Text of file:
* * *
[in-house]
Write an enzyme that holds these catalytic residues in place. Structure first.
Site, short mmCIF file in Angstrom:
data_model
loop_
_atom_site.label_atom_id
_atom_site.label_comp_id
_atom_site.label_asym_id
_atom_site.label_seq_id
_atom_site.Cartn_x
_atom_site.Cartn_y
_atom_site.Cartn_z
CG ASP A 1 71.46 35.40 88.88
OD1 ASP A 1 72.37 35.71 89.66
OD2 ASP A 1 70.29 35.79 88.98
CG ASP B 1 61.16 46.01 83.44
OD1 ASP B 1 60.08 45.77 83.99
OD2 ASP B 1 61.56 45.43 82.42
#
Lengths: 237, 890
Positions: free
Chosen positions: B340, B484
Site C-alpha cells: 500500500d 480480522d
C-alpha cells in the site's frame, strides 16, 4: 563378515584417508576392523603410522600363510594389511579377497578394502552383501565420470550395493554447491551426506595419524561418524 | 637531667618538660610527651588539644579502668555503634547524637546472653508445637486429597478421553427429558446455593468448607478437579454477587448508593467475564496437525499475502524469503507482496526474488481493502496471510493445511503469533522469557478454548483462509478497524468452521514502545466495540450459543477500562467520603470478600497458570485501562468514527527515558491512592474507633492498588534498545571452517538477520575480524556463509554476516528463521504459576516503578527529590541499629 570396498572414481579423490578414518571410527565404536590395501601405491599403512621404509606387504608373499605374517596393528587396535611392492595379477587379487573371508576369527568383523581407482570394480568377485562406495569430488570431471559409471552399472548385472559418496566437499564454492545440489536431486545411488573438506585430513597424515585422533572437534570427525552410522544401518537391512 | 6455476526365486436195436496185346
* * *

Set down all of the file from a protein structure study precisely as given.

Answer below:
[in-house]
Write an enzyme that holds these catalytic residues in place. Structure first.
Site, short mmCIF file in Angstrom:
data_model
loop_
_atom_site.label_atom_id
_atom_site.label_comp_id
_atom_site.label_asym_id
_atom_site.label_seq_id
_atom_site.Cartn_x
_atom_site.Cartn_y
_atom_site.Cartn_z
CG ASP A 1 71.46 35.40 88.88
OD1 ASP A 1 72.37 35.71 89.66
OD2 ASP A 1 70.29 35.79 88.98
CG ASP B 1 61.16 46.01 83.44
OD1 ASP B 1 60.08 45.77 83.99
OD2 ASP B 1 61.56 45.43 82.42
#
Lengths: 237, 890
Positions: free
Chosen positions: B340, B484
Site C-alpha cells: 500500500d 480480522d
C-alpha cells in the site's frame, strides 16, 4: 563378515584417508576392523603410522600363510594389511579377497578394502552383501565420470550395493554447491551426506595419524561418524 | 637531667618538660610527651588539644579502668555503634547524637546472653508445637486429597478421553427429558446455593468448607478437579454477587448508593467475564496437525499475502524469503507482496526474488481493502496471510493445511503469533522469557478454548483462509478497524468452521514502545466495540450459543477500562467520603470478600497458570485501562468514527527515558491512592474507633492498588534498545571452517538477520575480524556463509554476516528463521504459576516503578527529590541499629 570396498572414481579423490578414518571410527565404536590395501601405491599403512621404509606387504608373499605374517596393528587396535611392492595379477587379487573371508576369527568383523581407482570394480568377485562406495569430488570431471559409471552399472548385472559418496566437499564454492545440489536431486545411488573438506585430513597424515585422533572437534570427525552410522544401518537391512 | 6455476526365486436195436496185346